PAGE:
BunnyBot is a ROS based robot platform that can perform useful tasks using its built in gripper and vision system.

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The goal of BunnyBot is to produce an autonomous robot that is actually useful in daily life - fetching bins of electronic components, throwing out trash, fetching drinks etc. The robot is fully autonomous, requiring no user interaction besides voice commands and gestures.


- The robot should autonomously navigate, avoid obstacles and interact with objects using a gripper.

- Aside from an initial mapping phase, not require teleoperation or manual user input.

- Be multi-purpose, performing a number of common tasks


BSD license on the code and design files unless otherwise specified (eg. apriltags nodelet is GPL)

Overall design

The core function of the robot is to move objects from one point to another. The object may be a target to be transported or a tool that performs some task (eg. a cleaning pad, dusting tool etc). The robot should contain the minimum hardware required to accomplish this.

Mechanical design

I'm using a single DoF arm and simple planar gripper. This has a few advantages over more complex arm/gripper setups:

- can be produced fairly cheaply using 3d printers

- no need for complex inverse kinematics

- reduces flex from joint backlash, higher load capacity, lower weight

The depth camera is mounted at the back to minimize its detection deadzone. As a result, the body of the robot is wedge-shaped so that when the arm is lowered the camera has an unobstructed view. The right side of the robot has a triangular tessellation pattern, this is to somewhat offset the increased weight on that side due to the arm.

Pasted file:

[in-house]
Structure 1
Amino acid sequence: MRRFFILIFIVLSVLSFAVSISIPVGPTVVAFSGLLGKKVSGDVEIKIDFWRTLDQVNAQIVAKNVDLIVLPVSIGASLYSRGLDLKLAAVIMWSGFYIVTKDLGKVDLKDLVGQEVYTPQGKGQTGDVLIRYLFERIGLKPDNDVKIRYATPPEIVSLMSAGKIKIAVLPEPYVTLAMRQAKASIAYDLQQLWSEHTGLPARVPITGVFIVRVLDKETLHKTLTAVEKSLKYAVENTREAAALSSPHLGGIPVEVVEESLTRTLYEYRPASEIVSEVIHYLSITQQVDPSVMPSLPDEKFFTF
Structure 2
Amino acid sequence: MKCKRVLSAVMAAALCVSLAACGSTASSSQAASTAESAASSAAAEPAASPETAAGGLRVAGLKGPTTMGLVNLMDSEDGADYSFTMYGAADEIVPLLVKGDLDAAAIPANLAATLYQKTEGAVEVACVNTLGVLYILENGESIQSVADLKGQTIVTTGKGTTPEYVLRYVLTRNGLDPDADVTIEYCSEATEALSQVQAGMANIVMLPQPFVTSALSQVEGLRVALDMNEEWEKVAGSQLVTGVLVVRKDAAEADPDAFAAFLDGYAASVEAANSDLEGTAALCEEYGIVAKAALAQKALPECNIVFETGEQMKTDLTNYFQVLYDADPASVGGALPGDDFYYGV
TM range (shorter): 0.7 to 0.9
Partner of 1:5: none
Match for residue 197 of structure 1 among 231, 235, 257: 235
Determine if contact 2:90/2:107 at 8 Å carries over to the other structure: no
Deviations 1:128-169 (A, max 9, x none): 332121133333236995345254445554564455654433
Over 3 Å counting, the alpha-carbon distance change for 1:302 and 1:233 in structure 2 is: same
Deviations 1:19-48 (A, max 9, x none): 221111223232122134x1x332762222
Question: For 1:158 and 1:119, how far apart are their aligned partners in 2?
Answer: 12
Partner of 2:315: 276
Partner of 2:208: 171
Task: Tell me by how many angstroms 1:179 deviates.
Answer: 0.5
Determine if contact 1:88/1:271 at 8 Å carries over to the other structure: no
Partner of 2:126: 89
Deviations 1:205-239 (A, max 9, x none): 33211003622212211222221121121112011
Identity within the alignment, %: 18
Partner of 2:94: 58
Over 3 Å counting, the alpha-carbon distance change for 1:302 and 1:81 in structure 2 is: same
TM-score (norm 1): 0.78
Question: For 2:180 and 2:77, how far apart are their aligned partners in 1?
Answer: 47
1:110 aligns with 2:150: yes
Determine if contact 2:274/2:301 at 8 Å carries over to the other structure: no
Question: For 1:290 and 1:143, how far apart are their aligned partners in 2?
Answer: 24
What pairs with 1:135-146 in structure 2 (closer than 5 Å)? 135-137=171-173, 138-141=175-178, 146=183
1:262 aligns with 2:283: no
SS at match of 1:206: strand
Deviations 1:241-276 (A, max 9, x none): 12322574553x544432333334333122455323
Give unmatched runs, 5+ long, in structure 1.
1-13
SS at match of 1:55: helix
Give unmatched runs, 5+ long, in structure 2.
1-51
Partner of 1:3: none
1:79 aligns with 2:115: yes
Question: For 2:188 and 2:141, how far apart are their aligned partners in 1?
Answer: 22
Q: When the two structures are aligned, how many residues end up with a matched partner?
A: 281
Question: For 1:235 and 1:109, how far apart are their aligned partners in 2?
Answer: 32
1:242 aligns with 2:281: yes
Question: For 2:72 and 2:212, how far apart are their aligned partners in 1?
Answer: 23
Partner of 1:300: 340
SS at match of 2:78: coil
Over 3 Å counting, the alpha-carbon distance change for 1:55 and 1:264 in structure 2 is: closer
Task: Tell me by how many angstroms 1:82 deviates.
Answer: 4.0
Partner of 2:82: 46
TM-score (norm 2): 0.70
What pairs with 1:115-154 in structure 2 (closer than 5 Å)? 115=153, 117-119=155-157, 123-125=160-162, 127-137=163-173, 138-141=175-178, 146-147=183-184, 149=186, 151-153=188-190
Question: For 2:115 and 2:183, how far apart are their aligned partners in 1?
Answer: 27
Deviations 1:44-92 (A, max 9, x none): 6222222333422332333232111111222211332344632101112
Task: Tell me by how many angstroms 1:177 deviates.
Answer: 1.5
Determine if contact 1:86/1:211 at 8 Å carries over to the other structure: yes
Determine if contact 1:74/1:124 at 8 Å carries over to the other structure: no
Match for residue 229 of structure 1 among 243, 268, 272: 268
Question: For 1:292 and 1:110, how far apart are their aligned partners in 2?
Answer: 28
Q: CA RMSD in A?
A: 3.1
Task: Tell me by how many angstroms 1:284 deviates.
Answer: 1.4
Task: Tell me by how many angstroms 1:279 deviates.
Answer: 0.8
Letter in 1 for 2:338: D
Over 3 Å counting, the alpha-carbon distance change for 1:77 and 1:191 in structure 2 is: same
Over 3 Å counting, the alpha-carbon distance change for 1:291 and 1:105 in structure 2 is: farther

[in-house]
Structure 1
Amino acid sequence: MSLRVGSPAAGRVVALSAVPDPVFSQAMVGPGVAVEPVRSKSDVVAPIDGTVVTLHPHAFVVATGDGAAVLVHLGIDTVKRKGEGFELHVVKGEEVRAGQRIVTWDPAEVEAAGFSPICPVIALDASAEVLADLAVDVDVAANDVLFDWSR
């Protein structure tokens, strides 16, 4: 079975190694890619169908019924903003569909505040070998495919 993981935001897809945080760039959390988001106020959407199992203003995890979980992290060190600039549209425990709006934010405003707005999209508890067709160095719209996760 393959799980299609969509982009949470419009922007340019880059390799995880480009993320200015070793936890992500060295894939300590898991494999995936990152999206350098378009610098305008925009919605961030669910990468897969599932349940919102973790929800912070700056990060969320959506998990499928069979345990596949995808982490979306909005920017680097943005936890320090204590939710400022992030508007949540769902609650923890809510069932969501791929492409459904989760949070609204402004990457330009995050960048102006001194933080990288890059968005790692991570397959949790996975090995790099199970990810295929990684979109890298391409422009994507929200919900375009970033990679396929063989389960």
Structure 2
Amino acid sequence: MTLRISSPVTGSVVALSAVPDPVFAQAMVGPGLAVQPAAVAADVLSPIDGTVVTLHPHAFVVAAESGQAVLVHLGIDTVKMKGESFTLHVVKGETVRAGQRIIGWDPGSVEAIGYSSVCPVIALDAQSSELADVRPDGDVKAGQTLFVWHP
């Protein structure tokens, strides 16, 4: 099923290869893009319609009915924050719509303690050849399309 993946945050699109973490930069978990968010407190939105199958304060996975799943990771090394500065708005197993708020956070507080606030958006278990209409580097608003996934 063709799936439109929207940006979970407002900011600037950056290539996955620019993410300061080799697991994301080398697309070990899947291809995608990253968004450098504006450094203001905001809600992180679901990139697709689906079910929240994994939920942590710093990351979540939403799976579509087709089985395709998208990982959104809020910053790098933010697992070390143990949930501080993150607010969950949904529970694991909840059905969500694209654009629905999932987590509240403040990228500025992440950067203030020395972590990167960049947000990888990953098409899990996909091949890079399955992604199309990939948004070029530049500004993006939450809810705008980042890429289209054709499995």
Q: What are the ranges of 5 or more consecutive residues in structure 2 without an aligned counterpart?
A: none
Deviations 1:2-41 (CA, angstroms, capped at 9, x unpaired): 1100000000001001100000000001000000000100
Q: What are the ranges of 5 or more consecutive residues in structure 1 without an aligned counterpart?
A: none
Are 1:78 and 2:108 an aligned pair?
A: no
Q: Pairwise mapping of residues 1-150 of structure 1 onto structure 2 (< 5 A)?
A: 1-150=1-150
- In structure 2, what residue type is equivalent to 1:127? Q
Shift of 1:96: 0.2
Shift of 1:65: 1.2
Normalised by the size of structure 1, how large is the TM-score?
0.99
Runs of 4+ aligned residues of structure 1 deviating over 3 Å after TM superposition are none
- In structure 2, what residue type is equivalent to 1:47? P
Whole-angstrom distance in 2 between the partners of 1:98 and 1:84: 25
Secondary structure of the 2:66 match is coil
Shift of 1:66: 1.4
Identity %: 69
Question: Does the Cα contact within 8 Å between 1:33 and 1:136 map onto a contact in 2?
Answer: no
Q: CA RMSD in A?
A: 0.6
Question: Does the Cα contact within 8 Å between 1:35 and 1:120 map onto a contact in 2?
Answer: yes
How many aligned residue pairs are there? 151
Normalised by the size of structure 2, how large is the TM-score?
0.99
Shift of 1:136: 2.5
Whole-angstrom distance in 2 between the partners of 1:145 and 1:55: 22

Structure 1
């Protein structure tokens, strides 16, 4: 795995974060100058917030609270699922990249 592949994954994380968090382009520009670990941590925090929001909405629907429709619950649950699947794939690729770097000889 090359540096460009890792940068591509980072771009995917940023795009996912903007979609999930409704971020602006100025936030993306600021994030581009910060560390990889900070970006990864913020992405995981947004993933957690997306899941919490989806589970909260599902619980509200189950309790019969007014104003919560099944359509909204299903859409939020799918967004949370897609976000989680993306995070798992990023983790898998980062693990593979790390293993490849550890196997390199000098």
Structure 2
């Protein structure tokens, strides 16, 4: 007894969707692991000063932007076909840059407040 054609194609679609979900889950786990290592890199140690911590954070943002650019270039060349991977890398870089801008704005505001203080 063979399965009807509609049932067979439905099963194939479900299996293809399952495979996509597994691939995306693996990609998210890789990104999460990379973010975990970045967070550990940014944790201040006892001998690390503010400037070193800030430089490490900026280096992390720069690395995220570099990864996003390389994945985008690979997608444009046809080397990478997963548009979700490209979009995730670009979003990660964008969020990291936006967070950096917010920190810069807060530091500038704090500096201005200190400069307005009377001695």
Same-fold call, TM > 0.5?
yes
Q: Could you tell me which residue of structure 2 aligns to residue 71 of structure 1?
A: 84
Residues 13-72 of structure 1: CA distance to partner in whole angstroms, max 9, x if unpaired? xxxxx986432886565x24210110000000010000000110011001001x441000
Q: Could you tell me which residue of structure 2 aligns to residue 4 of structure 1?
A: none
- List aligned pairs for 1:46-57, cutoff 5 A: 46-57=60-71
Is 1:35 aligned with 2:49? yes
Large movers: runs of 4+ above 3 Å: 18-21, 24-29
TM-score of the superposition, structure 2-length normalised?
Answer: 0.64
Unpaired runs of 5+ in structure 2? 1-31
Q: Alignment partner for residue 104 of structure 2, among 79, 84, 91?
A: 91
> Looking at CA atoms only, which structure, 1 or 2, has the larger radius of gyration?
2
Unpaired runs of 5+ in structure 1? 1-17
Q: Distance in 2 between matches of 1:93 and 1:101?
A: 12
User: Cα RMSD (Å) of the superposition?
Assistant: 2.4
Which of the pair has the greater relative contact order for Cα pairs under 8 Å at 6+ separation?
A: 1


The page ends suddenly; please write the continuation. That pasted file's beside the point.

I've experimented with several iterations of hardware setups and settled on this:

- neato xv11 LIDAR for localization

- intel realsense R200 depth sensor. This provides a depth stream for object detection as well as a 1080p RGB stream to detect fiducials

- Nvidia Jetson TK1 as the main computer. This board has CUDA support, which makes it much easier to deal with computer vision

- Kobuki base robot platform. This is the same base used by the Turtlebot. The base provides gyro, odometry and other sensor output through its USB interface, which runs ROS right out of the box.

- Arduino uno to drive the arm/gripper. Although the TK1 technically has GPIO, linux is not a realtime OS and not really suited to driving motors with PWM.

- Actuonix/Fergelli P16 150mm 22:1 linear actuator to drive the arm

- Polulu VNH5019 motor driver to drive the linear actuator

- MXL AC-404 microphone. I got this one mainly because of the recommendation from the ROS website


I used ROS for the software framework. Most of the really difficult problems for this project has already been solved by various ROS packages. Here are the stock ROS nodes that I used, along with the high-level task that it performs:

gmapping - build a map of the environment using SLAM

robot localization, AMCL - localize within the map via sensor fusion of LIDAR data, wheel odometry and gyro readings

ROS navigation - plan a path to a waypoint on the map

RTAB-map obstacle detection - detect obstacles and plan around them

pi_trees - behaviour tree implementation for high-level decision making

pocket sphinx - speech recognition

and many others.. check out the launch file on github for more.

There are some tasks for which no off-the-shelf package exists, or requires refactoring for speed improvements. In these cases I wrote my own ROS nodes:

gpu_robot_vision - uses the TK1's GPU to perform simple CV tasks, including: image rectification, BW/color conversion, scaling and noise reduction filter

apriltags_nodelet - a nodelet that outputs a list of fiducial markers from the rectified and denoised RGB stream

april_tf - takes those markers as input and outputs the same markers transformed in the map frame. Persist observations by writing them to a file, and outputs a target pose for ROS navigation to plan a path to the marker

april_planner - issue precise movements to the robot based on the relative movement of the detected markers

depth_object_detection - this is mainly used to detect my hand, to open/close the gripper


- get a spare machine and install ubuntu 14.04

- flash your TK1 and ensure wifi is working

- load custom kernel with UVC for the realsense

- install ROS and realsense drivers (install ROS indigo)

- install these ROS nodes...

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illustrator version of the mechanical design. Ready for CNC cut using a 1/8" router bit